Last fall, I submitted a research proposal to the Social Sciences and Humanities Research Council. It's title was - and still is, I guess - "Inequality, social mobility and growth". Here is the non-technical part that SSHRC makes public:
In most analytical frameworks of the macroeconomy, the welfare effects of economic growth are unambiguously positive: increased output is associated with higher incomes and standards of living. But there has been much recent evidence that suggests that although real average incomes have increased substantially over the past few decades, real median incomes have not grown as quickly, and there are extended periods of time where median incomes have declined.
This divergence between the evolution of average and median incomes is generally ascribed to increasing dispersion in incomes across households, and there is in fact an extensive empirical literature that documents the rise in inequality over the past couple of generations.
The aim of this project is to explore the issues of inequality and social mobility in the context of a dynamic general equilibrium model. In addition, it will try to develop insight for the implications of these issues for such questions as economic growth and optimal tax and redistribution policies.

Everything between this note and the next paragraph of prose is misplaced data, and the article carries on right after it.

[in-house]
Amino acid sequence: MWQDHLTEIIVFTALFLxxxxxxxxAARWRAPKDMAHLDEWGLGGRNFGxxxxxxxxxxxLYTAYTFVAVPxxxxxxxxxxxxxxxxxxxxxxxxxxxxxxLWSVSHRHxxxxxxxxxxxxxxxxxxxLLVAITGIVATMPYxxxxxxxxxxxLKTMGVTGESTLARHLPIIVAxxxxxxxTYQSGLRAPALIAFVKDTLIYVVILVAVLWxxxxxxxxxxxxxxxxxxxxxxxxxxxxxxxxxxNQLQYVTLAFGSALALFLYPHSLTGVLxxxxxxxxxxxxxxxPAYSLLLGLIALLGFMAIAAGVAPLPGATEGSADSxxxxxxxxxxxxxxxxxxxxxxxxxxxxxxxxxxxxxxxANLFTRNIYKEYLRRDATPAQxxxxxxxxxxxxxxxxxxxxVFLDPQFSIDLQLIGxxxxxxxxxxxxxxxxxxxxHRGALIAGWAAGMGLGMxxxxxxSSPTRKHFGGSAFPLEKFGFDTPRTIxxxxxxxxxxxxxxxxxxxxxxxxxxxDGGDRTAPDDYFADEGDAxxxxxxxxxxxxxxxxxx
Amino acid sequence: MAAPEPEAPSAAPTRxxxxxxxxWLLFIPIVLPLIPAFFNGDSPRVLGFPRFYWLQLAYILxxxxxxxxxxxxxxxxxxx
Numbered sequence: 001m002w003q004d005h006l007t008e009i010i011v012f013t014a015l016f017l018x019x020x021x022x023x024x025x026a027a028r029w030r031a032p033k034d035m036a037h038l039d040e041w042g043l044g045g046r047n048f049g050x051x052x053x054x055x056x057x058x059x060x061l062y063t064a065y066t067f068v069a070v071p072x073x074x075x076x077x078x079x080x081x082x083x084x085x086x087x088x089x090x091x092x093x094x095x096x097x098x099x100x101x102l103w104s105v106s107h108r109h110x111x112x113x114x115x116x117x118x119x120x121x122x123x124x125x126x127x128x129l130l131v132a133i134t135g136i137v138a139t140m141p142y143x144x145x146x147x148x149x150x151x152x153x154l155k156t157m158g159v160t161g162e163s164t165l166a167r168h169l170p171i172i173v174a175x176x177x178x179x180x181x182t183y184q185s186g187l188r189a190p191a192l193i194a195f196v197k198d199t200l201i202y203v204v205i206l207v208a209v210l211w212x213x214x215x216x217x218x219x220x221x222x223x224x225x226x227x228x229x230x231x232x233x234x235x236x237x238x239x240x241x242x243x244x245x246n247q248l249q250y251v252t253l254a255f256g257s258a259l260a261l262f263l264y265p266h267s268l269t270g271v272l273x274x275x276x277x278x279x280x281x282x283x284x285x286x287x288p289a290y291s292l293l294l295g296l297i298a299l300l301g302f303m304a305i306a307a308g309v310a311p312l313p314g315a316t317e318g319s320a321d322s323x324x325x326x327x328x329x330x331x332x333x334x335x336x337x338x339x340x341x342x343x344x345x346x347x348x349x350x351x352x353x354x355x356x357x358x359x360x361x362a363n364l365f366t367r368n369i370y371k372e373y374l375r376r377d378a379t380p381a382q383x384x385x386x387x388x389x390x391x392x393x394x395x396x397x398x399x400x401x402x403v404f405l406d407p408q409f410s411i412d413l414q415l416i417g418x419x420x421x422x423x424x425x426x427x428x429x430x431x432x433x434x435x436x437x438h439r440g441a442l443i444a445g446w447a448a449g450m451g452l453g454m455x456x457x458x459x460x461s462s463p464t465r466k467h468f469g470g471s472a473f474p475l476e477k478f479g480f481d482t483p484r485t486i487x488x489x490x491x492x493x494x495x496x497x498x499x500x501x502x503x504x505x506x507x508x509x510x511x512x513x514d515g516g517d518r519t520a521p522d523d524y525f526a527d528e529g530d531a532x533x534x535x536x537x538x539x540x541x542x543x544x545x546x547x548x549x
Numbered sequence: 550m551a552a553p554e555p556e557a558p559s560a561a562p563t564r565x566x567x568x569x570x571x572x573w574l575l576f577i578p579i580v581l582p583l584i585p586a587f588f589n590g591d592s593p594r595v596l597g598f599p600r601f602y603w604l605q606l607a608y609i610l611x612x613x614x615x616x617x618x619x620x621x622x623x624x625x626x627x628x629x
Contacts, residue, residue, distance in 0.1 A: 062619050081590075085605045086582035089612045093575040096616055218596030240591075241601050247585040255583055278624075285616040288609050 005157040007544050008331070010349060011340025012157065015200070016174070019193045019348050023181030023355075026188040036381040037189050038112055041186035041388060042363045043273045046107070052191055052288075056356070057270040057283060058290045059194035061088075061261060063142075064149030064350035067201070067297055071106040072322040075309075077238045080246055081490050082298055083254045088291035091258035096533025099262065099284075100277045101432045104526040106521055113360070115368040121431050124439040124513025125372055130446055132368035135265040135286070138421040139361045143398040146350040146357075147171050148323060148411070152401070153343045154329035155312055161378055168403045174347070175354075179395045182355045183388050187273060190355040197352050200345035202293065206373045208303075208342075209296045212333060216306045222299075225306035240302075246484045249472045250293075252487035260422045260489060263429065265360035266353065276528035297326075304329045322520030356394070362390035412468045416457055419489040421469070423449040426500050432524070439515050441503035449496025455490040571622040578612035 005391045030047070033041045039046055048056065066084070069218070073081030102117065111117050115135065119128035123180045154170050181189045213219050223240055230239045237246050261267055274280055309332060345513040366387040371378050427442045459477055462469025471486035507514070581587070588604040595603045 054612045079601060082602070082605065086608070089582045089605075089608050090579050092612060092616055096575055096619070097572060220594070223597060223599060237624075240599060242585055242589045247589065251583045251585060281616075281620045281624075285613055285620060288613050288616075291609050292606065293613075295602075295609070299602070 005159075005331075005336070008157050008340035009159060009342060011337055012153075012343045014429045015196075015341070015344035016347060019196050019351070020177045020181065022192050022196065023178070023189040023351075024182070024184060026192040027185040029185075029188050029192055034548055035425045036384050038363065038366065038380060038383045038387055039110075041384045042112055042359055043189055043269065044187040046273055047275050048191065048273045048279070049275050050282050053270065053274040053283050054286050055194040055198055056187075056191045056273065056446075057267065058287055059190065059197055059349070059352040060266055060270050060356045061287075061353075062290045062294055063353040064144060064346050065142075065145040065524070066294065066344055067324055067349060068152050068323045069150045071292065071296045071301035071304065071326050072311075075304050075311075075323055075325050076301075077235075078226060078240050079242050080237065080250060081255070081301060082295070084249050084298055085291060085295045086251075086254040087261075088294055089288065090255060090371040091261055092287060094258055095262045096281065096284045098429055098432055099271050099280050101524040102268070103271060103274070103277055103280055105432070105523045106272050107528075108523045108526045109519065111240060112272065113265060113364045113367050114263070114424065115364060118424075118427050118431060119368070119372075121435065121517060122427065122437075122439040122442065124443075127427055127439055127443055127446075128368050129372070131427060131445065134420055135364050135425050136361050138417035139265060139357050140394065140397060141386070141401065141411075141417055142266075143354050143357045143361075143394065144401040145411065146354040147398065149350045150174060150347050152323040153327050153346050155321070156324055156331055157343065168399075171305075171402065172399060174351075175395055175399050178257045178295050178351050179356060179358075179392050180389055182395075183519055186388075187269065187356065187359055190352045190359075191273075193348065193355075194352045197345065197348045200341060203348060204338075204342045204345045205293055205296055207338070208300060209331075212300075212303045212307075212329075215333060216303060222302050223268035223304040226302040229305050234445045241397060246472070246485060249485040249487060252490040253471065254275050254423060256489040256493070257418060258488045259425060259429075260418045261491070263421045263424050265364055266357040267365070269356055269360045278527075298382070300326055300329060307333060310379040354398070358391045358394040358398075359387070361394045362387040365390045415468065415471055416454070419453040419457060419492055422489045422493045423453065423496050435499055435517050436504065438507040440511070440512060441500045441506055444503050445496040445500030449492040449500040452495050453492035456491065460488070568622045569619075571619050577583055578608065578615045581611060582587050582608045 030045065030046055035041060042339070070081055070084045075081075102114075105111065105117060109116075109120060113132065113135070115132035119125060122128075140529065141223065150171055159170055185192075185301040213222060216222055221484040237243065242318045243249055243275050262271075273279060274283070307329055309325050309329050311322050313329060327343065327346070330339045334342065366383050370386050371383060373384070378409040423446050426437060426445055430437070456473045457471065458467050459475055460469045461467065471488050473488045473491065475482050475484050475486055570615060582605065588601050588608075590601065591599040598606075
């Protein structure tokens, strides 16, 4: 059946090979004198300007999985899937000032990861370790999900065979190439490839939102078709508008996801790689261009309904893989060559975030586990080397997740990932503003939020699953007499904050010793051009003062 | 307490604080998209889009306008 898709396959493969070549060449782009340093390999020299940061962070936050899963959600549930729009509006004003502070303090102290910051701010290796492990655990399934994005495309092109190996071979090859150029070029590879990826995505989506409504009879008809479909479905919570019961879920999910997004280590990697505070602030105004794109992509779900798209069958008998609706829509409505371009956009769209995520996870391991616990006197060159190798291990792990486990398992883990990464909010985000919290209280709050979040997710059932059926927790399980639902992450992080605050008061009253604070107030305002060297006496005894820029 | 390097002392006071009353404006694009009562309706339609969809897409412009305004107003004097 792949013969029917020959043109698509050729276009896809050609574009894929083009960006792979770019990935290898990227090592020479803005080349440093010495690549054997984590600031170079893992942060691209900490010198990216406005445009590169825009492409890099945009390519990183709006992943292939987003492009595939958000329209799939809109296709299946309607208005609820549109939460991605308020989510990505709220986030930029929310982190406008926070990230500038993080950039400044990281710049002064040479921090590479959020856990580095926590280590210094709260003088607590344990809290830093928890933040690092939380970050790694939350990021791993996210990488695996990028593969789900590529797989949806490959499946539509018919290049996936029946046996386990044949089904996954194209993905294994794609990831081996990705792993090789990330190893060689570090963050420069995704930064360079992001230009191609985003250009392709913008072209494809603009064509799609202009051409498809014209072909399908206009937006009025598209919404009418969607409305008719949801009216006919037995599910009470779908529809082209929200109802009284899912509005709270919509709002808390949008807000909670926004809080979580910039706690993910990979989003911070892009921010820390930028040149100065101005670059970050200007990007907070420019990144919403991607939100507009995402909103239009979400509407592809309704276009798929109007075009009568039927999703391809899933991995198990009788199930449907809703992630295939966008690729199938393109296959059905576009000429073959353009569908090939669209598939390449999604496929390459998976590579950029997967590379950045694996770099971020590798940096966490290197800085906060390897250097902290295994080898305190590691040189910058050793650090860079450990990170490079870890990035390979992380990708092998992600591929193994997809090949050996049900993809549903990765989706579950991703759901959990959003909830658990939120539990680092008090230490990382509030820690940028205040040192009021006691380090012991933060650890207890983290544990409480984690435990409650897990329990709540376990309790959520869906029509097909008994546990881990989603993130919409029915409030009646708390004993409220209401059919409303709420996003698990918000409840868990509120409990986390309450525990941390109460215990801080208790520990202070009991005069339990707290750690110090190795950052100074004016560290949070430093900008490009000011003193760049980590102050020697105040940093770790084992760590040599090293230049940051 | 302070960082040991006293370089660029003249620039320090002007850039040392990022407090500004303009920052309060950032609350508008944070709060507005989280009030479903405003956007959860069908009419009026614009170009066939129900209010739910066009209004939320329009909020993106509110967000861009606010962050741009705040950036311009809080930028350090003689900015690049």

One of the central themes of the project will involve education. One of the more persistent features of the data is that income inequality is related to differences in levels of education, and that individuals’ education levels are highly correlated with those of their parents.
This isn't the first time I've received SSHRC funding. In point of fact, this is the fourth time in a row that I've been successful; I really am pretty good at my day job. But it is the first time I've written a proposal that wasn't based on technical points upon which I'd already spent a certain amount of time and where my expertise was well-established.
The reason why I wrote the proposal is that after more than five years on babble, these issues have pushed themselves to the forefront of my research agenda, and I've decided to go with it.
So I'd like to thank babble for forcing me to organise my thoughts and to redirect my energies on the sorts of issues that made me want to be an economist in the first place.